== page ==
but with its second anniversary approaching in November the link has proved enduring and largely successful. The net daily trading averaged Rmb78.18m in 2015, its first full year of operation, according to CEIC data. But this year that figure has already more than tripled to Rmb243.75m. 

No doubt some of that can be attributed to the volatility in Chinese stock markets as investors moved to limit their exposure. The figures for average daily turnover certainly suggest that demand has cooled. Buy and sell orders totalled a daily average of Rmb6.21bn in 2015 but that had already fallen to Rmb3.33bn by the middle of April, a drop of 46%. 

This is likely to remain the case until markets provide some calm and stability. But the platform is a key piece of infrastructure as it remains the only way that offshore investors can buy Chinese shares without a quota. And with a Shenzhen-Hong Kong link expected to launch later this year the programme is only going to get bigger.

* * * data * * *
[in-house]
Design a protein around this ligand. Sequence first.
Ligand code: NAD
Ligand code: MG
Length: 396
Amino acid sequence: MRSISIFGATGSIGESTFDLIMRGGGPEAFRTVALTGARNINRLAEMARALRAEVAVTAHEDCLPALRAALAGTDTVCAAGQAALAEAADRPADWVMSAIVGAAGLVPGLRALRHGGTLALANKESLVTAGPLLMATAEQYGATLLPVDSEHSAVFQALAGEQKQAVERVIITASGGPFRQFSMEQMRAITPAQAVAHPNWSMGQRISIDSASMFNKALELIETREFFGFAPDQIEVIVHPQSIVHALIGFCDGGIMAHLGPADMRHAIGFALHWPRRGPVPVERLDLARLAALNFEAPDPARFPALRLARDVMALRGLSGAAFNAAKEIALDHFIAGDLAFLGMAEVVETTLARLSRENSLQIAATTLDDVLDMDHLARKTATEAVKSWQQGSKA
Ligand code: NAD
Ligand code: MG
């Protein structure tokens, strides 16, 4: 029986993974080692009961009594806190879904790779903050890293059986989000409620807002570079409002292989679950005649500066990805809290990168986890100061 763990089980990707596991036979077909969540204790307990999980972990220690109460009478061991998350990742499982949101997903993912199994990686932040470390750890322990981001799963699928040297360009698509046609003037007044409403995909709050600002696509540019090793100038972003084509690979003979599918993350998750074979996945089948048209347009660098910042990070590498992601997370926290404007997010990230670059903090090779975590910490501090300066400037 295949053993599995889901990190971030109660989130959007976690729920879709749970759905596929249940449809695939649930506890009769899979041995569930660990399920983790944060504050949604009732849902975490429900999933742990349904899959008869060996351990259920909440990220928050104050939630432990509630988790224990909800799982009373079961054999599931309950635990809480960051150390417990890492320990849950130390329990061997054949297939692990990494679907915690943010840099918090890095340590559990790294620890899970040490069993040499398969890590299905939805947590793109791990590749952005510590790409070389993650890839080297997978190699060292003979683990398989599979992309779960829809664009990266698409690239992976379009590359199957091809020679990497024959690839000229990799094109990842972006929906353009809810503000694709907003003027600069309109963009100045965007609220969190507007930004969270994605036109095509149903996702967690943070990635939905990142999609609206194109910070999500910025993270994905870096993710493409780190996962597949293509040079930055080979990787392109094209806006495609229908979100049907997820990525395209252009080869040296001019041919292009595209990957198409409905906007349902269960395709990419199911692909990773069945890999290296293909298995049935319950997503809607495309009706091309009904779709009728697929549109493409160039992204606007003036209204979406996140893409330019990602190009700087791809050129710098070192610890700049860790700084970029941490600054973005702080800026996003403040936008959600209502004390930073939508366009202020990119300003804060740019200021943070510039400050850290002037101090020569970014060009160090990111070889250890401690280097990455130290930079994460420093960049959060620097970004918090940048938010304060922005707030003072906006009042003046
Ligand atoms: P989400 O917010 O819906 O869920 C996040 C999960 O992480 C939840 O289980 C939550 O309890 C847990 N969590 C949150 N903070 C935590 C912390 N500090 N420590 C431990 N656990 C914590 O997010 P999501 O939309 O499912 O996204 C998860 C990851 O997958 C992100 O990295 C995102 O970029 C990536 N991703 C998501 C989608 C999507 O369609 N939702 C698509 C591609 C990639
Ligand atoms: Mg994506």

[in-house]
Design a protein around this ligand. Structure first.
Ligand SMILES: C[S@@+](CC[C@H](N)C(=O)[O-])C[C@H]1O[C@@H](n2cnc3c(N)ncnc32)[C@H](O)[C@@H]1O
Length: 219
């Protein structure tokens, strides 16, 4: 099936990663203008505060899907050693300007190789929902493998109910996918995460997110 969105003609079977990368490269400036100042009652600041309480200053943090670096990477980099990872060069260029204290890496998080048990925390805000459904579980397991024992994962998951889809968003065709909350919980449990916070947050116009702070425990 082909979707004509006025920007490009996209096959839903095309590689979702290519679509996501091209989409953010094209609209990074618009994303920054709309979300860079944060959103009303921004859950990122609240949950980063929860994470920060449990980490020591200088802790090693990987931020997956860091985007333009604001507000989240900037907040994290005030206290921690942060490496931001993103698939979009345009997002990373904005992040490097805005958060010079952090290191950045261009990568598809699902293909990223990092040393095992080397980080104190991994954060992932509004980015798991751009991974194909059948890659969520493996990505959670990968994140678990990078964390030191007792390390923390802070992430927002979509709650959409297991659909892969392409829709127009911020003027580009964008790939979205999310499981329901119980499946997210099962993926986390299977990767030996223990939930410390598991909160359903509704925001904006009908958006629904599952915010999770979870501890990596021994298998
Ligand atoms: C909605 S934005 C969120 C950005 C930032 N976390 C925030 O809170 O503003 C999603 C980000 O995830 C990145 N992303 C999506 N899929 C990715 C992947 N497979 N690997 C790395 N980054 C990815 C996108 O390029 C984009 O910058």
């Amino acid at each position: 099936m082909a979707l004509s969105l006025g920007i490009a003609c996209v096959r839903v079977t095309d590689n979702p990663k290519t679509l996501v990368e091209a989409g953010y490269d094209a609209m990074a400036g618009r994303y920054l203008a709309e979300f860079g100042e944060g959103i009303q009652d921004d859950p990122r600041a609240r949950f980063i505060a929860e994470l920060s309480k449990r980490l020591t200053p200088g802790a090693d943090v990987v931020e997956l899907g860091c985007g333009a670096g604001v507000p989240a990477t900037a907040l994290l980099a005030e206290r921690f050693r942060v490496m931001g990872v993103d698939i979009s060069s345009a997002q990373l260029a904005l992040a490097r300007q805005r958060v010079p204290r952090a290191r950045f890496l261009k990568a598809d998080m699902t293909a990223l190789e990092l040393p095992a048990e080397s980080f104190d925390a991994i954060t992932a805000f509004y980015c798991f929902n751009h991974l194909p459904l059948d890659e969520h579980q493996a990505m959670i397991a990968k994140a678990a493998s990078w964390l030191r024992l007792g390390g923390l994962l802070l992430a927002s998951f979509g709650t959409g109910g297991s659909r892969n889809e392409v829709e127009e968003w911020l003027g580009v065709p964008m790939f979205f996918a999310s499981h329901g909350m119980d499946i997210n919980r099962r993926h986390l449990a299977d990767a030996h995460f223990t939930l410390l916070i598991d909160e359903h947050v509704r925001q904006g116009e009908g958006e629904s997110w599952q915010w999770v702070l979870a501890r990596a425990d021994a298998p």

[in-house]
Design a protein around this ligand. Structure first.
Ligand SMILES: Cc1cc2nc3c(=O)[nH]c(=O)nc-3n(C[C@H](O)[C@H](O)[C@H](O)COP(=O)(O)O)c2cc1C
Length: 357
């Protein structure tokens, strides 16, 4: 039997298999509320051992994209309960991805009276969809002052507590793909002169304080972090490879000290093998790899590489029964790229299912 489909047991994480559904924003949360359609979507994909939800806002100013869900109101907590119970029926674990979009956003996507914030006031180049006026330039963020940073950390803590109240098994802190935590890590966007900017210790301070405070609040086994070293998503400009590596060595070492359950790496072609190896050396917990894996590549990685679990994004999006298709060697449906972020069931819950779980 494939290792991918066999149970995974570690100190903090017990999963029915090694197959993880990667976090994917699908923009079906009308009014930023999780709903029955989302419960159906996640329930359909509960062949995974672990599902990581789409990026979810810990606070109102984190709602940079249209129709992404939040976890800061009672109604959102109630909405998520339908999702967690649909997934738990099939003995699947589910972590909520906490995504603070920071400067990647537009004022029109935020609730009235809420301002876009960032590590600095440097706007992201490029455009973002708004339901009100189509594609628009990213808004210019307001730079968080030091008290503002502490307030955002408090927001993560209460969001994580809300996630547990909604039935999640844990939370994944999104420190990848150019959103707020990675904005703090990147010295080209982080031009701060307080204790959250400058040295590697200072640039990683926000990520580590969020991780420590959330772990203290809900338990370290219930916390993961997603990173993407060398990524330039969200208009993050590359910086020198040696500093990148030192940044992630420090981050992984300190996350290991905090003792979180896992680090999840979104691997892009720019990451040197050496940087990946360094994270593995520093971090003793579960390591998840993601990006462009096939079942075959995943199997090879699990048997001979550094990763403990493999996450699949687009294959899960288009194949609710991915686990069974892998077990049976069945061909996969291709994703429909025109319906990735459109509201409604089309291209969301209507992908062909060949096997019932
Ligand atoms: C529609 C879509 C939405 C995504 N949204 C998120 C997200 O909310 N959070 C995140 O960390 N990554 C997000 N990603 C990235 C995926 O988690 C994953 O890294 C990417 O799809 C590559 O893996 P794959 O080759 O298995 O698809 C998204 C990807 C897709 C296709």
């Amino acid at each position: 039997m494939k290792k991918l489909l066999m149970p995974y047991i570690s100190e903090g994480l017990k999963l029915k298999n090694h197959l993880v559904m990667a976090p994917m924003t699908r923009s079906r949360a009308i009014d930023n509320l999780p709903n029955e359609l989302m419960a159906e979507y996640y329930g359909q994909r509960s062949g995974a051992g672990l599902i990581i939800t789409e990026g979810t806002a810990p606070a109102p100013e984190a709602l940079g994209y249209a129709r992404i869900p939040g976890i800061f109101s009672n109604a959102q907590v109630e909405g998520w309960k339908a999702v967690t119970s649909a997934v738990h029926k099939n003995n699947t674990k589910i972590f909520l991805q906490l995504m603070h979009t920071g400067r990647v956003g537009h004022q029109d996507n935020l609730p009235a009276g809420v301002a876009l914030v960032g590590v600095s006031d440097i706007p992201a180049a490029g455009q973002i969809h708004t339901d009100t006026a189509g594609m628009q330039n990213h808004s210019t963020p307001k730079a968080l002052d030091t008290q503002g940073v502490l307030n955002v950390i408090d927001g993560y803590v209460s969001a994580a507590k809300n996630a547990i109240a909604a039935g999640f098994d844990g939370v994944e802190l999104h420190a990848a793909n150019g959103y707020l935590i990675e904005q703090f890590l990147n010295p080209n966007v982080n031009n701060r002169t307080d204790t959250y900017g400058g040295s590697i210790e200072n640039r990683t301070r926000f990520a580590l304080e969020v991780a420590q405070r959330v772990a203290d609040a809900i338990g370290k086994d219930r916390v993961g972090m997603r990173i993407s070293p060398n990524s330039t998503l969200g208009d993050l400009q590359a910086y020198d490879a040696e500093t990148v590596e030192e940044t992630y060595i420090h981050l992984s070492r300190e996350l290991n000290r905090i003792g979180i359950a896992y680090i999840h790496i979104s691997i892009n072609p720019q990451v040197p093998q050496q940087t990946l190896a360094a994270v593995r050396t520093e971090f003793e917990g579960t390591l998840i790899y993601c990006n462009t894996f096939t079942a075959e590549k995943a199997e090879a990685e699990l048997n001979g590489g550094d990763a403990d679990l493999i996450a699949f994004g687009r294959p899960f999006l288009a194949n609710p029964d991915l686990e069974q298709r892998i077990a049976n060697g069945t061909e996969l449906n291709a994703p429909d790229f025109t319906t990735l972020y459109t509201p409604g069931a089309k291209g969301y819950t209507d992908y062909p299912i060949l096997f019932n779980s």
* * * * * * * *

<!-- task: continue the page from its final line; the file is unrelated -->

When do you think the RMB will be fully convertible? (Total responses: 1,662)

Given the shutdown of outbound investment schemes and the aggressive steps Chinese

authorities have taken to stabilise the currency, it is surprising that those polled were not more pessimistic about full convertibility of the Chinese currency. In 2015, 10% thought it would take 0-2 years, 36% 3-5 years, 35% 5-8 years, 18% greater than eight years and 1% never. What is noticeable is that on the one hand the number of respondents in the 3-5 year bracket has increased the most while the percentage of outright bears has also risen. 

Full convertibility is of course different from freely tradeable but this year’s curbs on outbound investment have definitely done little to increase convertibility. However at the same time, offshore institutions now have more access than ever to China’s onshore markets thanks to the opening up of the interbank bond market to long-only funds.

Which regions do you expect to be the most active ones in RMB business in 2015? List top 3. (Total responses: 1,662)